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The first time it happened he was surprised. The second time it happened he was REALLY surprised.

Watching the Die Hard movies has been interesting.  For one, I learned that I have never actually watched any of the Die Hard movies from start to finish before now.  I’m not sure how I managed that, saying as how I was alive during the late 80s and early 90s.  If I had to guess, I’d say my mother had something to do with that.  For years she didn’t let me and my brother watch Indiana Jones and the Temple of Doom because the heart-ripping scene was “too violent” in a futile attempt to protect her children from totally awesome gore.  So Bruce Willis running around popping terrorists like tick tacks probably was a little above the violence threshold.

A few months…  or so?  ago, I reviewed Die Hard, which was also the first time I watched that movie in its entirety.  Suddenly, as if by magic, Die Hard 2: Die Harder appeared on Netflicks and I knew what I had to do because, to quote Homestuck (and honestly, is there any time when I’m not quoting HS?), “we are motherfuckin entrenched in this bitch.”

Bruce Willis returns as down-on-his-luck cop John McClane in this sequel.  It is once again Christmas Eve (time marches ever onwards) and this time McClane is chilling at an airport, possibly in LA, waiting for his spunky sidekick wife Holly (Bonnie Bedelia) to return from wifeland.  Wifeland, for posterity, is the mythical land that wives visit when they are absent.  It is also something I am making up because A) I have no idea where the hell Bonnie was supposed to be and B) it is a largely irrelevant plot point.  All you need to know is that the love interest character is on a plane, which is in the air, being all… aerodynamic and shit.

McClane quickly runs afoul of a local police, who get on his bad side when a horrible, bastard, unreasonable cop writes McClane a ticket and tows his car out of a clearly marked no parking zone.  McClane tries to talk his way out of the ticket because, hey, he’s a cop too!  He shouldn’t be expect to follow laws that affect the normal, common folk, right?  But the evil cop tells him to get bent and gives him the ticket anyway.

Turns out the airport is having a big day.  The United State’s infamous War on Drugs has started to pay big dividends (proving that Die Hard does, in fact, exist in a different dimension than the one we live in) and that the undisputed king of heroin (Franco Nero) is due to be brought through by some military types on the way to trial.  What do you mean, Christmas Eve seems like a bad time to do this?  The man sells HEROIN, okay?!  He needs taken down!

The heroin goes straight to his thighs.

Actually, here’s where the biggest disconnect is for me in the movie.  I’ve seen some drug lords moved through the police system over the past five years working in the news industry.  None of them look anywhere near as composed and dapper as Gen. Ramon Esperanza.  Just take a look at this pleasant bastard!  He doesn’t have so much as a dark circle under either of his eyes, his skin is suspiciously free from pock marks, and his beard has been meticulously maintained.  Heroin is a hard drug, one that transforms the user into a hobo after repeated use.  Not as quickly as meth, but you’d think that the man who is being heralded as the heroin kingpin of all the land would have at least SOME sign of his body going straight to hell.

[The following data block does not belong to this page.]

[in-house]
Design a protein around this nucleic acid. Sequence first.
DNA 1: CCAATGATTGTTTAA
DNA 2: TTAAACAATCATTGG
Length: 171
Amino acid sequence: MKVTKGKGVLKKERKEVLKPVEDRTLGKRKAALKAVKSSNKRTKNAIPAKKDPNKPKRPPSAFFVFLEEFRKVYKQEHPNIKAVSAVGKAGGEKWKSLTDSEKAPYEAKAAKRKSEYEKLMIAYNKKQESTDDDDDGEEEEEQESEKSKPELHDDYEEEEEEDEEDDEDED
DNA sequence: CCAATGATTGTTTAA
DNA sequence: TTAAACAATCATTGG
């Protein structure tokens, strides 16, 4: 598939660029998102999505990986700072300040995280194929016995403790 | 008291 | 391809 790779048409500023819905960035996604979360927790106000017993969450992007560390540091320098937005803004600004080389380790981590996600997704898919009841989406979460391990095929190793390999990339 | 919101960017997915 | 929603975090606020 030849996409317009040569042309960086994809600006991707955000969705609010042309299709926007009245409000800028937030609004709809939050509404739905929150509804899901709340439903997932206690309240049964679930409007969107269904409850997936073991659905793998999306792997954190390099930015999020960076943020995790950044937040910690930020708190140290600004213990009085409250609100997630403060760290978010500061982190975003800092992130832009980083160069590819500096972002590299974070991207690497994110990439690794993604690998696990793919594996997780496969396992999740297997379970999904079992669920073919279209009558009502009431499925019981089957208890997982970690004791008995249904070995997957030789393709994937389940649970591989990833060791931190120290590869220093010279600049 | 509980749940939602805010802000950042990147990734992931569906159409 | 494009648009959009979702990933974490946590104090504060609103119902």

Anyway, back to the Willis.  McClane stumbles across a couple of goons messing around in the luggage room at the airport and murders one of them right up.  This puts him in direct conflict with the local police even more who don’t like that fact that McClane, as an off duty, out of jurisdiction cop, is trying to get them to shut down the airport on the busiest day of the year.  While sure, most of the action revolves around a basic plot of McClane shooting and/or stabbing terrorists, I found his interaction with the police to be more compelling.  I think this is because it is so over the top and stereotypical of good cop action films that I couldn’t help but laugh.  When you stop to think about it, Die Harder really helped to define those stereotypes to begin with.


Be prepared for a lot of lines about how McClane is a WORTHLESS LONER who thinks he is a HOTSHOT but he is in fact a CIVILIAN ASSHOLE even though McClane is obviously, from the start, one of the most dedicated people to the cause, and the most effective.    Granted, he is also a worthless loner, hotshot and civilian asshole, but you have to root for him because he is the main character, and McClane is still an unstoppable avatar of death.  We’re supposed to feel slighted when McClane is not privy to military and police discussions, because man you just KNOW he is the only dude who can stuff a terrorist full of murder.  How can they not SEE THAT.

After his run in with the jerks in the baggage room, things get a little out of hand and weird.  Terrorists start threatening to crash planes in exchange for heroinman.  These guys are serious business, though I either never got a full explanation of why these military types were so gung ho for heroin or I glossed it over entirely while drawing comics about Megaman.  Whatever, I never claimed to be a professional.  To make a long story short, McClane has to murder everyone to make sure his wife doesn’t get plane crash’d.

It keeps happening!!